Iran's Rouhani Is on Course for Landslide Election WinBy , , and
Rouhani ahead with about 57% of votes, Raisi is distant second
Final results are expected Saturday: Interior Ministry
Iranian President Hassan Rouhani was on course for a landslide victory giving him a second term in office, a result that would deal a blow to hardliners seeking to derail his policies of a greater engagement with the world.
Preliminary results of the four-man race showed Rouhani well ahead of hardline rival Ebrahim Raisi, winning about 57 percent to Raisi’s 39 percent, with almost 40 million votes counted, according to state-run Press TV, which described the results as “almost final.” The Interior Ministry is set to announce the outcome later on Saturday.
A victory for Rouhani would strengthen his domestic mandate to integrate Iran with the global economy. Yet the extent of his success would depend on the cooperation of the Iran’s conservative establishment, led by Supreme Leader Ayatollah Ali Khamenei, who implicitly supported Raisi during the campaign. It will also depend on actions taken by U.S. President Donald Trump, who arrived on Saturday in Saudi Arabia for talks expected to focus on ways to contain the Islamic Republic’s regional influence.
Echoing recent elections around the world, the campaign centered on populist claims that ordinary people were being left behind. The race was transformed by the April entry of Raisi, whose background spurred speculation he was being groomed as an eventual successor to Iran’s ultimate arbiter, the 77-year-old Khamenei.
“I voted out of concern that a no-show would benefit Raisi,” said Milad, who headed to a polling station in downtown Tehran late on Friday. “His presidency would drag us back to the past.”
“Iranians and Iran just started gaining respect in the world under Rouhani and the economy is doing slightly better,” said the 35-year-old, who declined to give his surname. “Even if there’s a long path ahead it’s at least in the right direction.”
Lines at several major polling stations across Tehran spilled into the streets until late in the evening, prompting the Interior Ministry to extend voting hours three times. Higher turnout has traditionally benefited the more moderate candidates whose backers have been disappointed in the past with the pace of social and political reforms in the country.
“This election boils down to a fundamental choice between two priorities,” said Ali Vaez, a senior Iran analyst at the International Crisis Group. “The supreme leader is paving the ground for his succession,” he said, “while a frustrated Iranian youth is seeking jobs and a move away from crisis to normalcy.”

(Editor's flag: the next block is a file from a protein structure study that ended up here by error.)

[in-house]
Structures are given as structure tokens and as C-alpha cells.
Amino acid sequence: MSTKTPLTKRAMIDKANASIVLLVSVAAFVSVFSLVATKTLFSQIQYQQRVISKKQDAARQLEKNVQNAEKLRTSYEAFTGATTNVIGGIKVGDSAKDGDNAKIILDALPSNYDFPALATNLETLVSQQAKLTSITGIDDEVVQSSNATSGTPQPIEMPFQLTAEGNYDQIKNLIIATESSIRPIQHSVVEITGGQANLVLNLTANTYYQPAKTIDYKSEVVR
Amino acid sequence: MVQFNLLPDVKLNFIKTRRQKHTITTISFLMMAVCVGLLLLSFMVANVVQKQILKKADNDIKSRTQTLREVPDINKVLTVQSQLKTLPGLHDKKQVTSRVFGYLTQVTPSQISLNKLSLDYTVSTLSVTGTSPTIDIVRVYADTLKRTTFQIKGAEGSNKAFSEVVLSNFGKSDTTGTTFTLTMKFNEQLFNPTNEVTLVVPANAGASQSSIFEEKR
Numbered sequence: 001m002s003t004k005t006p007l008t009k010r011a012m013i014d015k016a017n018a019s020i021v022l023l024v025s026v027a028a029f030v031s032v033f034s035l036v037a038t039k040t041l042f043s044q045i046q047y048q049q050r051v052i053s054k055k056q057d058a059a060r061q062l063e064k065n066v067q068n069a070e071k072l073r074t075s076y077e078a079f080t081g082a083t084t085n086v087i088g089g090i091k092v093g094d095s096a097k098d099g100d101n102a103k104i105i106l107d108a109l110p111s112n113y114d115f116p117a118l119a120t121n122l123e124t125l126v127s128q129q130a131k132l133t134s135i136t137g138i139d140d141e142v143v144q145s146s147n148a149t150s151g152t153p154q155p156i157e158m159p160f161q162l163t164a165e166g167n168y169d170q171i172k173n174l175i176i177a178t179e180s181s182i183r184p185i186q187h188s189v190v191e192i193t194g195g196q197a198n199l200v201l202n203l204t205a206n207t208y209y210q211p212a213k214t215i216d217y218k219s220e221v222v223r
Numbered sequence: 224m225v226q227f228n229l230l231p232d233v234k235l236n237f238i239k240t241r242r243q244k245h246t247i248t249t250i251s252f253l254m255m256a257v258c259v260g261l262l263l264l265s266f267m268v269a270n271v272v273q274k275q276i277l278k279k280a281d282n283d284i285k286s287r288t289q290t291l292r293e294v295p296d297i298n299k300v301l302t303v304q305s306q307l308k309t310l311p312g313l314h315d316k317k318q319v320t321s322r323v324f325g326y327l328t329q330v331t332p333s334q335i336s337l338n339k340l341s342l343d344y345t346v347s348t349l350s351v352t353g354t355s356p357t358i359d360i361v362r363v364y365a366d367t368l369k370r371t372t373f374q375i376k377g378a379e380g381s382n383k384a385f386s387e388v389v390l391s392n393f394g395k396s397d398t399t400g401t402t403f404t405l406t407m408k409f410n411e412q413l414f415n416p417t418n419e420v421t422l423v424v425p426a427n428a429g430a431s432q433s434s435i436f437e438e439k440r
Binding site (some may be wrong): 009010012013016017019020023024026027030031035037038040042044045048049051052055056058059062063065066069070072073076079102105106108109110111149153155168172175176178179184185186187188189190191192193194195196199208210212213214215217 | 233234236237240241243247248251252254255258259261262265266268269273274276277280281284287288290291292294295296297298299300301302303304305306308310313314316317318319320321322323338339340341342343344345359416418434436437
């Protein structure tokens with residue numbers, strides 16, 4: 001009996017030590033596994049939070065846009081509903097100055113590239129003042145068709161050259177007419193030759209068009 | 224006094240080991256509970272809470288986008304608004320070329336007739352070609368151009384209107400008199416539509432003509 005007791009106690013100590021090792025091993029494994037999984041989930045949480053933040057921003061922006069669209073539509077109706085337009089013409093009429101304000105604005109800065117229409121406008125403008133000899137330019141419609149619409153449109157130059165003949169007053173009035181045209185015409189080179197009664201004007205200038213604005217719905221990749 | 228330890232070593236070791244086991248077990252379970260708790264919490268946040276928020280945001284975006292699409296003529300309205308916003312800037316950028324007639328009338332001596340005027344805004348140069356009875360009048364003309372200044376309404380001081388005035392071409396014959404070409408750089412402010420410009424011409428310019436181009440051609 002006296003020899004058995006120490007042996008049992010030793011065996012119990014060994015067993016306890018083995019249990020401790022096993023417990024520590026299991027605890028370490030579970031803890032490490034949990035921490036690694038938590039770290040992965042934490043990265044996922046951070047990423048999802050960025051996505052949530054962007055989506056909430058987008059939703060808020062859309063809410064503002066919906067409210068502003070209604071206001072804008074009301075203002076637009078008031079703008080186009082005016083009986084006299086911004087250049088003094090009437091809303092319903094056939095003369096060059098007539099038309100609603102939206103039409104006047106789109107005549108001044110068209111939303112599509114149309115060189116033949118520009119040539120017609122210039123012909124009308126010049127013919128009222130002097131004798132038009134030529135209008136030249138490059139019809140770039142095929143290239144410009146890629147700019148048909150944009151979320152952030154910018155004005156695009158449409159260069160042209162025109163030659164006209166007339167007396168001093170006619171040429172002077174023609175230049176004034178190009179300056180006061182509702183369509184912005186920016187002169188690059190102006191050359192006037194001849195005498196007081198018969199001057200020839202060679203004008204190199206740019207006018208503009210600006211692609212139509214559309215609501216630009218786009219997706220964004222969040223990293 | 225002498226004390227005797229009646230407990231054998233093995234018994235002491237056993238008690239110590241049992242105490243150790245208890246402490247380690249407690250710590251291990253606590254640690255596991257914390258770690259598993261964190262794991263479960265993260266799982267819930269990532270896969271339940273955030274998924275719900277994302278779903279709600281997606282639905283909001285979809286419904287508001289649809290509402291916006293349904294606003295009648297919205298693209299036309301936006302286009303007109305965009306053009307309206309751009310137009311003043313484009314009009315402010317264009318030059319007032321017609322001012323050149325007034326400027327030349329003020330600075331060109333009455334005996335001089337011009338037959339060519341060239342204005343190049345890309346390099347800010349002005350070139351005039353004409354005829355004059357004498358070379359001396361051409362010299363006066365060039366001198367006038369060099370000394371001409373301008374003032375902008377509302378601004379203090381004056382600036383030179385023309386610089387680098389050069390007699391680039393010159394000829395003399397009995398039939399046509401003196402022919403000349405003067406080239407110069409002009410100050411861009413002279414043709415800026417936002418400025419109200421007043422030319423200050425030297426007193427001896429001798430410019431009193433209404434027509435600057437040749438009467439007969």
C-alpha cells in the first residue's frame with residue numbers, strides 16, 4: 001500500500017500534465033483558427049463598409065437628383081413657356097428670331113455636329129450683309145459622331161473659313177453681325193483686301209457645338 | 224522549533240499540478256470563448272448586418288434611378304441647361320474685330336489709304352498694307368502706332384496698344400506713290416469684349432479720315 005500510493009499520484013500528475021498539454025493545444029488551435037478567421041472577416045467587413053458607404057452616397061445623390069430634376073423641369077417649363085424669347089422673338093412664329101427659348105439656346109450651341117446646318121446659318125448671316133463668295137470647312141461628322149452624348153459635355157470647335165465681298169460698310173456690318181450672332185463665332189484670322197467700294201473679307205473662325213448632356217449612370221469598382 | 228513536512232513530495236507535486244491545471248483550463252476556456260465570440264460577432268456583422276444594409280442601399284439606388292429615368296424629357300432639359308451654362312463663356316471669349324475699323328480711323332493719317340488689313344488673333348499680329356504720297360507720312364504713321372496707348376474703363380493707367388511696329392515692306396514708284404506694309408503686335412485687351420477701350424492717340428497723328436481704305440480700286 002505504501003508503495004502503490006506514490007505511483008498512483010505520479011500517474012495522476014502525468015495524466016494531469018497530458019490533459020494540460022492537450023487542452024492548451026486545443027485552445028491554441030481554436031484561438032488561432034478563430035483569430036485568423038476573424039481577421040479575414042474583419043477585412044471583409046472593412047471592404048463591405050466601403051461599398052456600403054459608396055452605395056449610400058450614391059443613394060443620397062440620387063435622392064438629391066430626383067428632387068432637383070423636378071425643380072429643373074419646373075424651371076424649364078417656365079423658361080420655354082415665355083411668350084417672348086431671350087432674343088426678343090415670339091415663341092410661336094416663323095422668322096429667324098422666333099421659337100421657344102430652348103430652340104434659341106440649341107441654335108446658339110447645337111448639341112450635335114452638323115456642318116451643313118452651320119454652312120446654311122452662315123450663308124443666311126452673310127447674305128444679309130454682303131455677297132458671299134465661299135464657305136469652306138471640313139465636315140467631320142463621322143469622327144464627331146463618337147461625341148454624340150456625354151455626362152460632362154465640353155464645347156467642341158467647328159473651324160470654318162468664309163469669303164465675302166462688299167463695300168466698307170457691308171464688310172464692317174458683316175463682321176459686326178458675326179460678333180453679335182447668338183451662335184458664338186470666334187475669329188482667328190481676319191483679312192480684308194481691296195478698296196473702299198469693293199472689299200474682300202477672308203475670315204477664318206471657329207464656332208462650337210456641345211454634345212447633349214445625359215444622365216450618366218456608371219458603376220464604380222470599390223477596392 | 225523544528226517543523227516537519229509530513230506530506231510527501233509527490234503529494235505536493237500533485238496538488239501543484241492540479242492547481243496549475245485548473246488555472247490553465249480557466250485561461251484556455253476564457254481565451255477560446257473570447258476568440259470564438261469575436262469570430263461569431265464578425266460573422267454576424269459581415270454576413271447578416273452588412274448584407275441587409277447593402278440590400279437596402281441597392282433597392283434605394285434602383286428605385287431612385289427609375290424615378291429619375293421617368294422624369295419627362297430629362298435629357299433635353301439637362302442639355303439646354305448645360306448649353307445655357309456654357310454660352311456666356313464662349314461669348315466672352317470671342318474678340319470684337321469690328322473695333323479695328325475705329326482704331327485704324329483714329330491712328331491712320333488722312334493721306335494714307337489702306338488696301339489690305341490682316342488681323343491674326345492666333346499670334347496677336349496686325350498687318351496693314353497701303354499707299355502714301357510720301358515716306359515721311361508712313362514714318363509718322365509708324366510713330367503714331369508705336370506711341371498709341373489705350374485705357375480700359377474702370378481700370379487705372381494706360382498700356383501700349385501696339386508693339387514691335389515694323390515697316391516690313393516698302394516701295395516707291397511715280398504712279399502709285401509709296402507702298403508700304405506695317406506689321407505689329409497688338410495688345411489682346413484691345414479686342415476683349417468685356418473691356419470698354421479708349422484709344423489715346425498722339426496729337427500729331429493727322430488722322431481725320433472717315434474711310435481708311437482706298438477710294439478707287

Whoever wins will be faced with a more confrontational Trump, who has described the 2015 Iran nuclear deal as a “disaster” and imposed new punishments over the country’s missile program on the eve of balloting.
Most opinion polls have showed Rouhani, 68, ahead of his main challengers but short of the 50 percent support he’ll need to win in a first round. But as the field narrowed and conservatives rallied behind a single candidate -- 56-year-old Raisi -- analysts saw a tight race.
Rouhani and Raisi have very different answers to Iran’s challenges. Rouhani advocates the foreign investment promised by the nuclear deal but which has been held up by concerns over remaining punitive sanctions. Raisi and his fellow conservatives have lambasted the rule of an elite “four percent,” and said they’d expand subsidies and focus on domestic industry.
“The business community, especially the private sector, is for Rouhani’s re-election for the simple reason that we need continuity and consistency,” said Cyrus Razzaghi, president of Ara Enterprise, a Tehran-based consultancy. Executives “expect him to be bolder in terms of tax reform and trade liberalization” in a second term, he said.
In a series of stump speeches, Rouhani attacked hardliners over their opposition to greater personal freedoms, corruption and conservative-controlled institutions that don’t pay tax.
The campaign polarized the electorate, pitting pious traditionalists who shun stronger ties with the West against a middle class that wants a less repressive society and sees foreign investment as a springboard to better jobs.
A Rouhani second term would allow Iran to present its “best face” and protect the nuclear deal by driving a wedge between the U.S. and other signatories, said Vaez at Crisis Group. But there’s a risk for conservative diehards that “Rouhani, who doesn’t share Ayatollah Khamenei’s vision for the future of the revolution, could influence the succession.”
— With assistance by Dana Khraiche